Reducing Surface Accumulation of Aphanizomenon Flos-aquae Using Wetland Water to Increase Cellular Turgor Pressure and Interfere with Buoyancy Regulation
Support was provided for this study by the Center for Lakes and Reservoirs at Portland State University, The Nature Conservancy in Klamath Falls, and the Bureau of Land Management in Klamath Falls.
Lake and Reservoir Management
The ability to regulate buoyancy (sinking and floating) using cellular gas vesicles is a unique characteristic that allows many common bloom-forming cyanobacteria to accumulate at water surfaces and dominate systems. Typical control and management strategies of cyanobacterial blooms include nutrient manipulation and phosphorus reduction, which are effective but do not reduce the advantage of buoyancy control. Since buoyancy control is based upon a mechanism driven by photosynthesis, along with environmental conditions that trigger vesicle formation and ion exchange, buoyancy regulation can be influenced by manipulating extracellular conditions. In this study, we manipulated extracellular conditions using wetland water and additions of potassium, sodium, and calcium in small-scale lab experiments containing Aphanizomenon flos-aquae from Upper Klamath Lake, Oregon. The results indicate a target mixture of 10% wetland water reduces surface accumulation, increases cellular turgor pressure (a measure of the ability of gas vesicle–forming cells to control buoyancy), and leads to fewer cyanobacterial filament rafts near the surface of the water column. By adding ions at the same concentration as the target wetland mixture, similar results were found. This research represents the basis of a possible strategy for mitigating surface blooms of buoyant cyanobacteria in lakes using wetland water and/or ion additions that could be used in tandem with nutrient manipulation and phosphorus reduction.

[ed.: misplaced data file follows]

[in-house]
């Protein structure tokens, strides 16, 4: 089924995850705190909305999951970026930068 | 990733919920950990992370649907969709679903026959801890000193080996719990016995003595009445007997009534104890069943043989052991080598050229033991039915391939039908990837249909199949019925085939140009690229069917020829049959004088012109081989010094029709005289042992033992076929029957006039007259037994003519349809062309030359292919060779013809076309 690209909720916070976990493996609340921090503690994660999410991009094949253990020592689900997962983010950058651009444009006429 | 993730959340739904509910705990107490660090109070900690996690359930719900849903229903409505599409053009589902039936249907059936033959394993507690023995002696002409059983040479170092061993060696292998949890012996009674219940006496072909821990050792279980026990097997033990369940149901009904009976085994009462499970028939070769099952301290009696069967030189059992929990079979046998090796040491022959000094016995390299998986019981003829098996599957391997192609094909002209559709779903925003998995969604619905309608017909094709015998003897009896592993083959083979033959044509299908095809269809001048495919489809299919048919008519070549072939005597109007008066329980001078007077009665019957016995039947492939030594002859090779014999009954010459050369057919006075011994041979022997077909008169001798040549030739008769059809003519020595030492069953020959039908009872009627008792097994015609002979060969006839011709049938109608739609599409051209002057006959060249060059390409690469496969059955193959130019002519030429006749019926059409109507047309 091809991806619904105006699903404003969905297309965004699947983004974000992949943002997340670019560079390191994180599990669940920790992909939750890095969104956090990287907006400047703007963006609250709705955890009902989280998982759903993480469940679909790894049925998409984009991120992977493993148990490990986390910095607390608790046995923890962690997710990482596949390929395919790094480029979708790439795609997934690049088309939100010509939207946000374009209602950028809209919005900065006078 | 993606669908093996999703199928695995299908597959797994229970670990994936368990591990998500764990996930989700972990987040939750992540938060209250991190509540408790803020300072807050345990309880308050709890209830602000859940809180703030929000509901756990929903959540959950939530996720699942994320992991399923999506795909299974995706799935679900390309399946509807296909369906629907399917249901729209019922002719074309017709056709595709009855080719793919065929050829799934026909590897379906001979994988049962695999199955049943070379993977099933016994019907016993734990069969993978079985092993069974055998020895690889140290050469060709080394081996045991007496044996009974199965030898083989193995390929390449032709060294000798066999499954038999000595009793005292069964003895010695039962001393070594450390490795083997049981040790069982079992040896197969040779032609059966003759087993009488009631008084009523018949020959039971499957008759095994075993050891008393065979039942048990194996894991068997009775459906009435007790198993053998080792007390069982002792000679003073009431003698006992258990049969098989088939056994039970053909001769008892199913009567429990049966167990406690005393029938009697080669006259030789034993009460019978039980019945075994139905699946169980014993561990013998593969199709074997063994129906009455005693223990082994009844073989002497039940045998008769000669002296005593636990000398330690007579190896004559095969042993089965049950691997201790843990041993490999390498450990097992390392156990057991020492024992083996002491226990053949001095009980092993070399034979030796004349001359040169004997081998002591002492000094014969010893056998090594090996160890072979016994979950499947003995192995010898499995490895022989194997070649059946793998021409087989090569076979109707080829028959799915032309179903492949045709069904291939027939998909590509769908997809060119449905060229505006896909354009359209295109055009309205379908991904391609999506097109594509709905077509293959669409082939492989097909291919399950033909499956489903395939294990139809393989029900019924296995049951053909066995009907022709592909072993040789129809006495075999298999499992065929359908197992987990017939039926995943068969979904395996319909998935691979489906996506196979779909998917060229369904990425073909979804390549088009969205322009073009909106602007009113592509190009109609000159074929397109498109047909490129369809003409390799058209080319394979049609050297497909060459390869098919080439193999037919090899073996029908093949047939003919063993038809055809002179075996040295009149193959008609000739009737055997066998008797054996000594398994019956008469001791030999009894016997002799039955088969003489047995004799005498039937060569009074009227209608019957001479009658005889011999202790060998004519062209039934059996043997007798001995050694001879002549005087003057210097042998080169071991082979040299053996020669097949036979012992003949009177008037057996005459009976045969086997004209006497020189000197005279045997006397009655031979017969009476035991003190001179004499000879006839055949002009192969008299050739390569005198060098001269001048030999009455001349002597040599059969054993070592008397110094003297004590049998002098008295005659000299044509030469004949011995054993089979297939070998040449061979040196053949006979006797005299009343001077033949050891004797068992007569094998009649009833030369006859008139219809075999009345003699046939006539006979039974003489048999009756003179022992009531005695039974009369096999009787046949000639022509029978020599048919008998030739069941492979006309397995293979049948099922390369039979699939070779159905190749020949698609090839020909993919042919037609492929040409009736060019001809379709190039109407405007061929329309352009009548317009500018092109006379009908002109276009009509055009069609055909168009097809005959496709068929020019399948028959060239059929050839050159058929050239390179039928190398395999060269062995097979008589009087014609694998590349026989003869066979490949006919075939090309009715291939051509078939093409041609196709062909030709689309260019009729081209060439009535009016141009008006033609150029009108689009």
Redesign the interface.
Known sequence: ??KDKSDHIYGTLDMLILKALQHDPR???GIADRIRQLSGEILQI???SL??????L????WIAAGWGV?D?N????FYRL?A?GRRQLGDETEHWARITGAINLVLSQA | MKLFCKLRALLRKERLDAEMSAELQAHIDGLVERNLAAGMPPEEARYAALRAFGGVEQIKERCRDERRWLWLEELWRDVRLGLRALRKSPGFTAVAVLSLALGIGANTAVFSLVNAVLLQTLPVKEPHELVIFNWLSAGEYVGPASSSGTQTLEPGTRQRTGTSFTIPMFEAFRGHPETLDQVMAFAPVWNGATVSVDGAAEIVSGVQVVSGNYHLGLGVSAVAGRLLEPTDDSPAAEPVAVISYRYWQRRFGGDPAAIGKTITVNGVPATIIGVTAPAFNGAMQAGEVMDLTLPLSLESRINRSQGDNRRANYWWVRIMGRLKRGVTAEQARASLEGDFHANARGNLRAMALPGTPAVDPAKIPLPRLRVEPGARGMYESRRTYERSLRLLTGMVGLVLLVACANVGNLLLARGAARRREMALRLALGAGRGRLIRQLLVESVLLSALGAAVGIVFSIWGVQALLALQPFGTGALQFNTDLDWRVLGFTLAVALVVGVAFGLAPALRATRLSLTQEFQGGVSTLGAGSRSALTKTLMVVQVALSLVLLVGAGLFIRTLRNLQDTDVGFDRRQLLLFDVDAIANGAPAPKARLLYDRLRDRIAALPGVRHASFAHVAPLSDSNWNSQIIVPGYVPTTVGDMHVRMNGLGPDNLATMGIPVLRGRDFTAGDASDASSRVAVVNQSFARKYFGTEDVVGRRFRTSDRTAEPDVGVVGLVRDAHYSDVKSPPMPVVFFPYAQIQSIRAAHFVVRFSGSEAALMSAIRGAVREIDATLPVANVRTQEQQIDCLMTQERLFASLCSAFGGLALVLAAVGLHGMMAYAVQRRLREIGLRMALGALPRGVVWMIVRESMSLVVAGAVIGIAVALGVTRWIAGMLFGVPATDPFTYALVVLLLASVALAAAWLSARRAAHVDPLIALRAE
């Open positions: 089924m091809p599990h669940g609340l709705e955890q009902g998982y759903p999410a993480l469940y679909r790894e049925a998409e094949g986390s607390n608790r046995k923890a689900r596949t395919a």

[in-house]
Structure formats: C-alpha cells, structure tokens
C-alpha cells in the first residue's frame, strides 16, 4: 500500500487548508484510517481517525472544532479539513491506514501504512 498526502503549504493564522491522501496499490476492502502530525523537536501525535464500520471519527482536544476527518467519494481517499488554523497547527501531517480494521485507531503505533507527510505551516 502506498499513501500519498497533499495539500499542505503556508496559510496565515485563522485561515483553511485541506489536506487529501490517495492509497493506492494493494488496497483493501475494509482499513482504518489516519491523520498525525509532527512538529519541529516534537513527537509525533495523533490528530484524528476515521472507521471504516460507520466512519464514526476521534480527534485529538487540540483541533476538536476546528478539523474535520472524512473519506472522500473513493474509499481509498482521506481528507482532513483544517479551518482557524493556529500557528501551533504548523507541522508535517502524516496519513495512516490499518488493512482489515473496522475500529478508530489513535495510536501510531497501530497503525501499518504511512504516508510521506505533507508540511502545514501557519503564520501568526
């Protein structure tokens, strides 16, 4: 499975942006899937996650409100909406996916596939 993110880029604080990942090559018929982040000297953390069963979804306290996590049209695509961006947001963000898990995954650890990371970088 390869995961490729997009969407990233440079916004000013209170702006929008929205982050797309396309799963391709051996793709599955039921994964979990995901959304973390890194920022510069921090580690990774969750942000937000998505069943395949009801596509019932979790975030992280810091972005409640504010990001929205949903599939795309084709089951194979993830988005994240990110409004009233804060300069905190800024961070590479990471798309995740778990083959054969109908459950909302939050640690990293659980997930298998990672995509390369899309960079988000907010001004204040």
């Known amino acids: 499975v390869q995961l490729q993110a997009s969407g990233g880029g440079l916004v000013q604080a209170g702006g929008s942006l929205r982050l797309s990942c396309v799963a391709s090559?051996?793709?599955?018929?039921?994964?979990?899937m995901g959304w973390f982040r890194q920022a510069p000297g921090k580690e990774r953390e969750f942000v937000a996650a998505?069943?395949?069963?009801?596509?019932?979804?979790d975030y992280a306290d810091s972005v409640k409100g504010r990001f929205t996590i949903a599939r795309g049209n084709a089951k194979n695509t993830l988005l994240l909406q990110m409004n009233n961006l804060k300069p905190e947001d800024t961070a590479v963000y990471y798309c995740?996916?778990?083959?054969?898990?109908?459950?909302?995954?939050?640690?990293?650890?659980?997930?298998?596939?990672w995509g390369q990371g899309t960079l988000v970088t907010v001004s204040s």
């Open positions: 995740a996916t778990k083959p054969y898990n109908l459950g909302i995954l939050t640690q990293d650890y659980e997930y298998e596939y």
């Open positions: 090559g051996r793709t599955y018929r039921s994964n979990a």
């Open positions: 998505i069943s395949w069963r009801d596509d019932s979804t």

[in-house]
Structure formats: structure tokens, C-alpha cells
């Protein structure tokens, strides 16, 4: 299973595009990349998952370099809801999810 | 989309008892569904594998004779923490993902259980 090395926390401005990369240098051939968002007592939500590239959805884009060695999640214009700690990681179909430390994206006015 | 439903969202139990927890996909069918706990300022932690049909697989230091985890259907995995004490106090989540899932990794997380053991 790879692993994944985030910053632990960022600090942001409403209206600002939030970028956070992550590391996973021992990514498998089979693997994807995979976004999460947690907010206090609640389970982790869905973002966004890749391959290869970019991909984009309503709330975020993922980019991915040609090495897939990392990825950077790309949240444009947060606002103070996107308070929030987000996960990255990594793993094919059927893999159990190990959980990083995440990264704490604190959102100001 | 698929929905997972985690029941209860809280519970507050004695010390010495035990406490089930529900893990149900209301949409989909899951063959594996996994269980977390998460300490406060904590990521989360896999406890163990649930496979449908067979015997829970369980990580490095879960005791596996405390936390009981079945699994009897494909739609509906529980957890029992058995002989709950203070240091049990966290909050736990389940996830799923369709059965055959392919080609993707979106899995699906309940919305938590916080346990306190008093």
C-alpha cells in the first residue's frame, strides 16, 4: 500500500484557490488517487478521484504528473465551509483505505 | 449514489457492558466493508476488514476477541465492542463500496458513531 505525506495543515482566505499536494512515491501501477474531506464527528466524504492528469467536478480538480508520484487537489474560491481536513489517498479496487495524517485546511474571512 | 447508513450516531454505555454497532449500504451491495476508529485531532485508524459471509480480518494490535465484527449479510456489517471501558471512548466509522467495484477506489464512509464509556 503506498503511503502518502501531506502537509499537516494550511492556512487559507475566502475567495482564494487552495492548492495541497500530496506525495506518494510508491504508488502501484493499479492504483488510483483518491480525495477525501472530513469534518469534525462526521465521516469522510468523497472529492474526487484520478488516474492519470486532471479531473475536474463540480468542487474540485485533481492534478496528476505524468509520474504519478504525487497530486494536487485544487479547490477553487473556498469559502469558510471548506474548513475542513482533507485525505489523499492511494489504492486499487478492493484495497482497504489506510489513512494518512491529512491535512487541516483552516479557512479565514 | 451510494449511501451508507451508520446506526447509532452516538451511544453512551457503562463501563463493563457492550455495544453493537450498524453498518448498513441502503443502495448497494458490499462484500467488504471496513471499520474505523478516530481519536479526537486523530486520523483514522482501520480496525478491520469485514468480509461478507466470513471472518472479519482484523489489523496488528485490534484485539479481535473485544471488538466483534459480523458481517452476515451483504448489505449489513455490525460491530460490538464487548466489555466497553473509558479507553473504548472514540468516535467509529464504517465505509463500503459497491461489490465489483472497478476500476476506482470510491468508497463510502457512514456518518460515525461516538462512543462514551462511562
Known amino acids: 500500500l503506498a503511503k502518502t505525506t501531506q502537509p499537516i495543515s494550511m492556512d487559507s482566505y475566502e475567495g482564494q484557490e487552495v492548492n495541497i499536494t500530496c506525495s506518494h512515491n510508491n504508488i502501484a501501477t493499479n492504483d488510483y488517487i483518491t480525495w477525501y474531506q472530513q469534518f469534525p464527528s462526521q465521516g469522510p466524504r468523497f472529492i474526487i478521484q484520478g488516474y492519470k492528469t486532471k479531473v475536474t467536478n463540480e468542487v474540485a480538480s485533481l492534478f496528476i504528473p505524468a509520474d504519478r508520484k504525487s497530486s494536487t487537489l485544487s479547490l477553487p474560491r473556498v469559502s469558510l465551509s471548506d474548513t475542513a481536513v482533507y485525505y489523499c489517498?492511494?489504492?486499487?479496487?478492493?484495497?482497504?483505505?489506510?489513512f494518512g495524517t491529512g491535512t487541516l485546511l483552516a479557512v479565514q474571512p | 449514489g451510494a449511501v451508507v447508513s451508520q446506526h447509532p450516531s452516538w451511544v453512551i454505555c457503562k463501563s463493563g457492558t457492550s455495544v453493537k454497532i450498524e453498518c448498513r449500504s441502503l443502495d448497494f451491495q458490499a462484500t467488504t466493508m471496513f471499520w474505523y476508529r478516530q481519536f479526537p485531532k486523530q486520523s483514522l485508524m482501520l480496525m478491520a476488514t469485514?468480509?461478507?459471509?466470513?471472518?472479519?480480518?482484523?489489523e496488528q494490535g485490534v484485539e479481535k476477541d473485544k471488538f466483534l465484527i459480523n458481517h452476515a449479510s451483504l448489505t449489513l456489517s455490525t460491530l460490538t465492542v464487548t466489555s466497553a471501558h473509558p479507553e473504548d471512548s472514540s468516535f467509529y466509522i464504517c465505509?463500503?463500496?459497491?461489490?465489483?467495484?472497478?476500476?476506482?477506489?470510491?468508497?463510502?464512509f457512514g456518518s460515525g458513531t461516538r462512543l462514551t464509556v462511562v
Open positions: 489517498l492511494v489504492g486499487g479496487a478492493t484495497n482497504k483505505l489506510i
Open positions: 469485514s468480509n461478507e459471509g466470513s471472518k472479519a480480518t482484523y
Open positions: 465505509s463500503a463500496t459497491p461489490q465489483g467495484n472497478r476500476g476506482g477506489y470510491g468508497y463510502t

Locate the Document
Rouhe, A. C., & Rueter, J. G. (2018). Reducing surface accumulation of Aphanizomenon flos-aquae using wetland water to increase cellular turgor pressure and interfere with buoyancy regulation. Lake and Reservoir Management, 34(4), 426-446.